“When buyers pay their suppliers faster, they both benefit,” said Commerce Department Chief Economist Sue Helper.  “This in turn allows suppliers’ working capital to be put to work for the benefit of the larger economy—their large customers included. Buyers also receive bottom-line benefits and fulfill their corporate social responsibility to their suppliers.”

Commerce Data: Then & Now

Guest blog post by Mark Doms, Under Secretary for Economic Affairs

In July, Secretary of Commerce Penny Pritzker announced that our department will be hiring our first ever Chief Data Officer (CDO), building on her commitment to Commerce’s role as “America’s Data Agency.” She also announced the formation of a data advisory council comprising private sector leaders who will help the CDO navigate new and dynamic data challenges. This is the latest chapter in Commerce’s long history of adapting to serve the needs of an ever-changing American economy.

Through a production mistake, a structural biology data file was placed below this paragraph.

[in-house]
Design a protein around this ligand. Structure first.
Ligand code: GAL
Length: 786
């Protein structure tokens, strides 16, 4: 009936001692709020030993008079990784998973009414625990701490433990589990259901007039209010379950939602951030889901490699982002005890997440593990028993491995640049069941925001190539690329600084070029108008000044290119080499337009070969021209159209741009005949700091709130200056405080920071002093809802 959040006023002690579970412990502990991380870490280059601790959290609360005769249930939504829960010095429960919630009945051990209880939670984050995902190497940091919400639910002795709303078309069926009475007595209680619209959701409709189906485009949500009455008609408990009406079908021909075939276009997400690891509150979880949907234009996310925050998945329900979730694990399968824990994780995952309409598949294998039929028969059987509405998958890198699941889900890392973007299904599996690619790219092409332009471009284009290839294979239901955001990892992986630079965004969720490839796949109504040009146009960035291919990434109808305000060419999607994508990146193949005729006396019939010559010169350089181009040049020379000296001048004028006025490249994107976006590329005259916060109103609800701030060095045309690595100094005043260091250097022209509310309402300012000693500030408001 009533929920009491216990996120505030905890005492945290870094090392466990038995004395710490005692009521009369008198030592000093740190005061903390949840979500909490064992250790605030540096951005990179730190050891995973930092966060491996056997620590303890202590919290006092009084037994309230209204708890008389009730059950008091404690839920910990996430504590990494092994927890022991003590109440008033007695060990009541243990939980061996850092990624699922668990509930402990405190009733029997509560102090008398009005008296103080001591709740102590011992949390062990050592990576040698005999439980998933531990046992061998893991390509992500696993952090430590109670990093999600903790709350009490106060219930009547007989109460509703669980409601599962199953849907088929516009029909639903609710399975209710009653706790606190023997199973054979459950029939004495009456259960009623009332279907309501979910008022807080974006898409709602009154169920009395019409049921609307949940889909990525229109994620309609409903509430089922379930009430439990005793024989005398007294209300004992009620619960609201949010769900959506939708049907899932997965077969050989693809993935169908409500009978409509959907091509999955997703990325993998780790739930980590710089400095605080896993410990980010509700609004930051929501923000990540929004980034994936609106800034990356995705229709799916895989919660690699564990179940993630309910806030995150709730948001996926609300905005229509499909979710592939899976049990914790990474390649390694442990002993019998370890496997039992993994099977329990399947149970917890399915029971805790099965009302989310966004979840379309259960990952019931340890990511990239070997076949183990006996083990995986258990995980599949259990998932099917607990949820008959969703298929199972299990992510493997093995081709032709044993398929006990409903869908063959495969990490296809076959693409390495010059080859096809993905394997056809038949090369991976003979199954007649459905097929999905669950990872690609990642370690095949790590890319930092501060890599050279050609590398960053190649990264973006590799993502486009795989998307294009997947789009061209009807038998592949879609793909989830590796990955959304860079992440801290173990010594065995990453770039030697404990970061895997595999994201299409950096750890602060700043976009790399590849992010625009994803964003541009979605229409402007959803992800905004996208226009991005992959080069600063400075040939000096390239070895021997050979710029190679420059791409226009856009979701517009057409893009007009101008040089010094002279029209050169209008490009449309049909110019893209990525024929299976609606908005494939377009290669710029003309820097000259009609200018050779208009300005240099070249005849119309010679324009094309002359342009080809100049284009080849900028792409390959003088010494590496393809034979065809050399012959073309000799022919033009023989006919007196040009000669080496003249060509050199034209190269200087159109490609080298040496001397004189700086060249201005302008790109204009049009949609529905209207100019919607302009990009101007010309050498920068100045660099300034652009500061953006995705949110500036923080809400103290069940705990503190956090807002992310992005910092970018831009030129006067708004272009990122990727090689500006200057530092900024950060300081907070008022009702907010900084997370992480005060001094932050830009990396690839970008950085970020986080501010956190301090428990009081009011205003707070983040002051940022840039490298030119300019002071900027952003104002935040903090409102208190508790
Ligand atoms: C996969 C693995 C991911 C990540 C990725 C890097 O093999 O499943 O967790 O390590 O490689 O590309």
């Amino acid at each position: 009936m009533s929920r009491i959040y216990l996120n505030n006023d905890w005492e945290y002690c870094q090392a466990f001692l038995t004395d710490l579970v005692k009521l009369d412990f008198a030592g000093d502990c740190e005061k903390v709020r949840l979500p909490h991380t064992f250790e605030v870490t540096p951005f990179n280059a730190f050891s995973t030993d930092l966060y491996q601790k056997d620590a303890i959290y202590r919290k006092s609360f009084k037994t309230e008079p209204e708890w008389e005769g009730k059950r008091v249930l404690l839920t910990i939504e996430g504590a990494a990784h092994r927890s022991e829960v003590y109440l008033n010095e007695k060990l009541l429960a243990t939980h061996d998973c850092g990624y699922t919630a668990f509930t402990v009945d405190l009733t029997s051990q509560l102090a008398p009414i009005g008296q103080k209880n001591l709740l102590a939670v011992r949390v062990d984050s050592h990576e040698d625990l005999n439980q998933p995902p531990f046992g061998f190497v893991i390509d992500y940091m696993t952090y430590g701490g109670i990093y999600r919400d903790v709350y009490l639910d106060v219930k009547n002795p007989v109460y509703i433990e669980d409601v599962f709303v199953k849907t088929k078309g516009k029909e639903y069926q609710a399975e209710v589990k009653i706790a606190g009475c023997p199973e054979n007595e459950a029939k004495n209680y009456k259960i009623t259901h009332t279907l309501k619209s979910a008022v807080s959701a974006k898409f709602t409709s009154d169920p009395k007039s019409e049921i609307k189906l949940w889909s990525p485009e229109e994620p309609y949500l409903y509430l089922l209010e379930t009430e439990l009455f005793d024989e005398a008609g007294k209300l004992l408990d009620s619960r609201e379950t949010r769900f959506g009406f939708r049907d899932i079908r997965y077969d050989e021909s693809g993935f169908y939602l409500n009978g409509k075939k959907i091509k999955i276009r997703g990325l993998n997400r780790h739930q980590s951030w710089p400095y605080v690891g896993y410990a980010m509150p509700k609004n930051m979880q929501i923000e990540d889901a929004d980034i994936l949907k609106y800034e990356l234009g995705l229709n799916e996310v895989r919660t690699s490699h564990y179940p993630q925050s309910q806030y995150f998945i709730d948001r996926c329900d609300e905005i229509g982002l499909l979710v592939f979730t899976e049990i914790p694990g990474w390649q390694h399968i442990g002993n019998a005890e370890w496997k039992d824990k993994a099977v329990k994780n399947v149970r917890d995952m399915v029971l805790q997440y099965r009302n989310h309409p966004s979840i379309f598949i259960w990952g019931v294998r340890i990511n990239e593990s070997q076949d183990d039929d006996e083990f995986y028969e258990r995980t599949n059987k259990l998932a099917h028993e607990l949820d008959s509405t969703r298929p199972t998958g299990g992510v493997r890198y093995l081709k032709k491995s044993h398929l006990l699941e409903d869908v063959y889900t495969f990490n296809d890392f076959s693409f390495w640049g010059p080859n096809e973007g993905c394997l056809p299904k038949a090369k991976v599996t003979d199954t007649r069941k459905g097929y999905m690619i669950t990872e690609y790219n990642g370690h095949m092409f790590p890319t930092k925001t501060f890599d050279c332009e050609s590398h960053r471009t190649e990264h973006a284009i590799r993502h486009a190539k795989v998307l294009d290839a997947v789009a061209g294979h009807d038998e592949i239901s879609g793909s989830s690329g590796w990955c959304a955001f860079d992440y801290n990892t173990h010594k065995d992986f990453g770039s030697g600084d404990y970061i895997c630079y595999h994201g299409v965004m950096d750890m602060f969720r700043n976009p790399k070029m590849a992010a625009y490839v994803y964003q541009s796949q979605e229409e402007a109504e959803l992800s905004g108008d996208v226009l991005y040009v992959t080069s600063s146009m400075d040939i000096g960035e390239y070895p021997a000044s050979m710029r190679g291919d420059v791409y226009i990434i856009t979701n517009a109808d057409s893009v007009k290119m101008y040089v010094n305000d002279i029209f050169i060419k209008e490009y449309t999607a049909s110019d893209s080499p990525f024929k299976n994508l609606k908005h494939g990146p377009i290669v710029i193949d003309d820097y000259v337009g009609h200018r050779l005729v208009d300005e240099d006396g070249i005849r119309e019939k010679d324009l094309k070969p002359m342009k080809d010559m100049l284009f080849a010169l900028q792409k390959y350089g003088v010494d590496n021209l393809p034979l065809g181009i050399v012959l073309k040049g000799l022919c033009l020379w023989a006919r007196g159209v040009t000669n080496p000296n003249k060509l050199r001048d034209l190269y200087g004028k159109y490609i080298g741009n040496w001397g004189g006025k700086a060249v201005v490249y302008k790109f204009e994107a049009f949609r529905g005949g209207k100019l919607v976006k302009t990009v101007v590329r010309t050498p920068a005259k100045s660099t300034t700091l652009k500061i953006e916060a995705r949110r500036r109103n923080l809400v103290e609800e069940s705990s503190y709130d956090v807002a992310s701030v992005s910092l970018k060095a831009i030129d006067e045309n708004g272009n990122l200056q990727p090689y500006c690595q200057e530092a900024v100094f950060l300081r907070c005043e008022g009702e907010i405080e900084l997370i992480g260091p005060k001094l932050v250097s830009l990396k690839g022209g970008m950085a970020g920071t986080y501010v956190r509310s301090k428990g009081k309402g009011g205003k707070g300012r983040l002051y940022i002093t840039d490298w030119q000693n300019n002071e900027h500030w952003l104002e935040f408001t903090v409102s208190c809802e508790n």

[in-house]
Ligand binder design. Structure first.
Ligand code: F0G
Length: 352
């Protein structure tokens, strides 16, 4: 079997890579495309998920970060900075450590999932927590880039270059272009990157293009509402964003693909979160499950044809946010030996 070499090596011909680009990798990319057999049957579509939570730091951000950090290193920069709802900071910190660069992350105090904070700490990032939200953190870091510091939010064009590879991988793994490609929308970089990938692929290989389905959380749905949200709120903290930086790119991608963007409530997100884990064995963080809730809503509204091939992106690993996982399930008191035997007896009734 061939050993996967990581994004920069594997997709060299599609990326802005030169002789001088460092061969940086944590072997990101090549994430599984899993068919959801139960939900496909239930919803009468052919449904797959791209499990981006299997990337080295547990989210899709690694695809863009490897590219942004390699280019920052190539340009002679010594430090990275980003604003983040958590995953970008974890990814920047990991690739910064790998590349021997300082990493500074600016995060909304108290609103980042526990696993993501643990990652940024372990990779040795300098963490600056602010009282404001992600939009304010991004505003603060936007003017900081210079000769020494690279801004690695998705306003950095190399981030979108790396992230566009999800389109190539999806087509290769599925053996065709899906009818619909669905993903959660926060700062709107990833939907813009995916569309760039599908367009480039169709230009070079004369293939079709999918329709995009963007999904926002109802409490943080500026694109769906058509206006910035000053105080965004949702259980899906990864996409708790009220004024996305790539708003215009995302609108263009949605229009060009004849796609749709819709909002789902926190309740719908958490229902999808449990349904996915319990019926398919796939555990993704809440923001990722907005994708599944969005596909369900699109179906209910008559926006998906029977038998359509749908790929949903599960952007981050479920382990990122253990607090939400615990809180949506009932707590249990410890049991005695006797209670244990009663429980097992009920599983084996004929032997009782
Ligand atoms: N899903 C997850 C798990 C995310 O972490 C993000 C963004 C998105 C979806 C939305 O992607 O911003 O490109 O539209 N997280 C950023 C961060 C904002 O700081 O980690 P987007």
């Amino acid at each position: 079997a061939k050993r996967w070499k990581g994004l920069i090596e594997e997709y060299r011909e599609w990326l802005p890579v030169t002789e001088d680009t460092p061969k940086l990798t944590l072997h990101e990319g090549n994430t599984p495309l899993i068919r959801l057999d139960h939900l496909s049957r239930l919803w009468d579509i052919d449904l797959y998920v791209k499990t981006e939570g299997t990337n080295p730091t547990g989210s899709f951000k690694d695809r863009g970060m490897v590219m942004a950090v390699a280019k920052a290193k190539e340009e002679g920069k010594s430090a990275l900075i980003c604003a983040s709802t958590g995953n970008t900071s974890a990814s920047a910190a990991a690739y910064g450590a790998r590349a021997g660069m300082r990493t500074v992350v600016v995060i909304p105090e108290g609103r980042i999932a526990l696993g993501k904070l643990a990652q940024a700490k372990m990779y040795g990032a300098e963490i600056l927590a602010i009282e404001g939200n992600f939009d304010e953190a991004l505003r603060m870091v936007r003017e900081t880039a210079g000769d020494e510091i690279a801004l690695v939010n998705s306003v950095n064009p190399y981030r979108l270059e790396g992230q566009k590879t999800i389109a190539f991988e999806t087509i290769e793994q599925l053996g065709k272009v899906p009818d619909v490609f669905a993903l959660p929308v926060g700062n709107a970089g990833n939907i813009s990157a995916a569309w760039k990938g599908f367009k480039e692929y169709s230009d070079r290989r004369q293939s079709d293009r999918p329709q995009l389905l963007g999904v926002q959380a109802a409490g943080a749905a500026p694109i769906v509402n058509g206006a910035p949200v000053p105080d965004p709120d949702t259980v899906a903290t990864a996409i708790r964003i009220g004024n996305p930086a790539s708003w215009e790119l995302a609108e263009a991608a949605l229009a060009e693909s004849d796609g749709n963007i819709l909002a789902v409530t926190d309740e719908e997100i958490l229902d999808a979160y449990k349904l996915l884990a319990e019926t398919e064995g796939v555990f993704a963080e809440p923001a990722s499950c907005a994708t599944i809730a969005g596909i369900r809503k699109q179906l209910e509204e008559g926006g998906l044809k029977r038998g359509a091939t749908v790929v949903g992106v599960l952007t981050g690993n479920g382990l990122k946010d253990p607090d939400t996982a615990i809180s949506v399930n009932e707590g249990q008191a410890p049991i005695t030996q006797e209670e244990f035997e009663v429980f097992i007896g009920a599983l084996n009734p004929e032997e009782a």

The United States Department of Commerce has been a trusted provider of data and statistics for centuries. The first decennial census took place in 1790 and the first patent was issued that same year.  Today, because of advances in technology, we are able to provide Americans with more data, faster and more accurately than ever before. This transformation can be seen in the evolution of the Census Bureau.

Article 1 Section 3 of the US Constitution states that the U.S. government shall enumerate the population of the United States every 10 years. Beginning with the 1790 Decennial Census and once every decade since then, the federal government has provided this invaluable information, making the United States the first country to produce a regular count of its citizens.   

By the early 1800s it became clear that in addition to the important demographic information flowing from the decennial census, there was also an imperative for regular collection of business information. In response to that need, in 1810, the U.S. Census Bureau established a census of businesses, also known as the economic census.  The initial focal points were manufacturing, lumber yards and butcher shops. In 1902, Congress authorized the establishment of the U.S. Census Bureau and directed that the census of manufacturers be taken every five years (a “quinquennial” census).  As the economy grew, the Census Bureau responded accordingly and by 1930 it had expanded the economic census to include services.  The breadth of the survey has since changed to keep pace with our nation’s growing economy.  The 2012 economic census data are currently being released.